When most people think of a first lady named Roosevelt, it is Eleanor they have in mind. The life and work of the first member of the family to hold that position has received much less attention. That is, in part, because Edith Roosevelt was a private person, and she lived in a time when media coverage of the presidency was far less comprehensive. But Lewis L. Gould’s account of her life and influence is as insightful as it is compact, combining distinguished scholarship with engaging storytelling.
Theodore Roosevelt’s first love and second wife was from a prominent Brahmin family that had seen some of its fortune wane. Although she wasn’t especially political and found the nature of campaigning beneath someone of her station, Edith had strong views on certain subjects, and she wasn’t afraid to express those views to her husband.
In a letter to one of her sons, for example, she describes some of the people who greeted her during a visit to the Panama Canal Zone as “poor little scraps of humanity born of Jamaican negroes’’ and “chocolate drops.’’ Gould argues that her use of this kind of language was one of many factors that shaped Theodore Roosevelt’s views on race—and what the author sees as his less-than-enlightened treatment of blacks. Since there isn’t extensive correspondence between the Roosevelts during this time, many of Gould’s conclusions are based, in large part, on speculation and reading between the lines. My reading about the era leads me to conclude that Gould is probably correct; and, given his expertise, we’ll give him the benefit of the doubt.
Though Theodore Roosevelt was an effective president, and an extraordinarily intelligent man, he wasn’t always the best judge of his fellow human. By contrast, Edith Roosevelt seems to have had a sixth sense about people, and she used that skill to influence her husband. (He once declared, “Whenever I go against her judgment, I regret it.’’) Henry Stimson, himself a shrewd judge of humanity, wrote that Edith’s “judgment of men was nearly always better than [her husband’s]. Her poise as to events in which they were both concerned was nearly always better than his.’’ Gould notes that, in previous studies, “precise evidence of her influence has been elusive.’’ But he documents incidents that spell out her importance to the Roosevelt administration: “Many of Theodore’s friends relied on his wife as a back channel to get information to him without going through the White House bureaucracy. . . . The British diplomat Cecil Spring Rice used his private letters to her to communicate with the president outside the accepted avenues of foreign policy.’’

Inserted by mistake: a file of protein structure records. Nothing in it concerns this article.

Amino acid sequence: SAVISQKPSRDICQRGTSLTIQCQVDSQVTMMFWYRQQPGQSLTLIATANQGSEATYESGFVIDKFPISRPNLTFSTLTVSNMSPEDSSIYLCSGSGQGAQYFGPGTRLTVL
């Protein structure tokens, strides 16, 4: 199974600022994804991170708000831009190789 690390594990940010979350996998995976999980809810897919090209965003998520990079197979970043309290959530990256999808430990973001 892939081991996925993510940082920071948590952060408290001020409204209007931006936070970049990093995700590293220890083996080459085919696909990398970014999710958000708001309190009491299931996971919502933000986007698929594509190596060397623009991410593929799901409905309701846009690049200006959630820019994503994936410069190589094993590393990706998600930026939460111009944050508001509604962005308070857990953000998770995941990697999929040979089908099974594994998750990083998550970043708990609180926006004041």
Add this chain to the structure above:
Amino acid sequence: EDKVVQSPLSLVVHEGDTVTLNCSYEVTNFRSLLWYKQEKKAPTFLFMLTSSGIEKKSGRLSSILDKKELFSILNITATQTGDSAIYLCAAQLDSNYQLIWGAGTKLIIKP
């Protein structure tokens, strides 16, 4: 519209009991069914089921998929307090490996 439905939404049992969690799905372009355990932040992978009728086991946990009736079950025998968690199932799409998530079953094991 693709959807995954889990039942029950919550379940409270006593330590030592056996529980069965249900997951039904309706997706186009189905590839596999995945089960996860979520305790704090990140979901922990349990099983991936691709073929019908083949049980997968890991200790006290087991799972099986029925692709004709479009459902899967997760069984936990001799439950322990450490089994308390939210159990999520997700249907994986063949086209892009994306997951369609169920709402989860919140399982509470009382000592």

Her influential role, which was more the exception than the rule at the time, isn’t surprising, given what Gould describes as Edith Roosevelt’s “inner toughness.’’ She wasn’t reluctant to remind people that TR had first proposed marriage to her, and that after she refused him, he had married Alice Lee, who died after giving birth to their daughter, Alice. Two years later, Roosevelt would propose to Edith again. Gould describes her (mostly successful) efforts “to first blur and then almost expunge the memory of her dead rival for the affection of her husband,’’ including having young Alice called “Sister” by family members so that the name would never be mentioned in their household. Edith’s armor was tough to pierce—and she looked down upon those of lesser means and those she deemed arrivistes.
Among those who felt her disdain were her husband’s friend and ally (and subsequent rival) William Howard Taft and his wife, Helen. The Tafts were prominent citizens of upper-middle-class stock—Taft’s father had served in the cabinet of President Grant, and Mrs. Taft’s father was a lawyer—but Edith Roosevelt never regarded them as social equals. Their personalities clashed, and the dislike was mutual. “The tension between the two women,” writes Gould, “well hidden from their husbands, accumulated. Neither Edith Roosevelt nor Helen Taft had a high opinion of the other’s marital partner.’’ That personal frostiness was no doubt a factor in the irreparable rift that developed between Roosevelt and Taft during the Taft presidency (which, of course, led Roosevelt to challenge his handpicked successor in 1912).
The author of an earlier study of Mrs. Taft, Helen Taft: Our Musical First Lady (2010), Lewis Gould performs an invaluable service in drawing attention to two prominent women, neglected by history, who not only supported their husbands’ careers but successfully carved out their own niches in political Washington as well.
Claude R. Marx is writing a biography of William Howard Taft.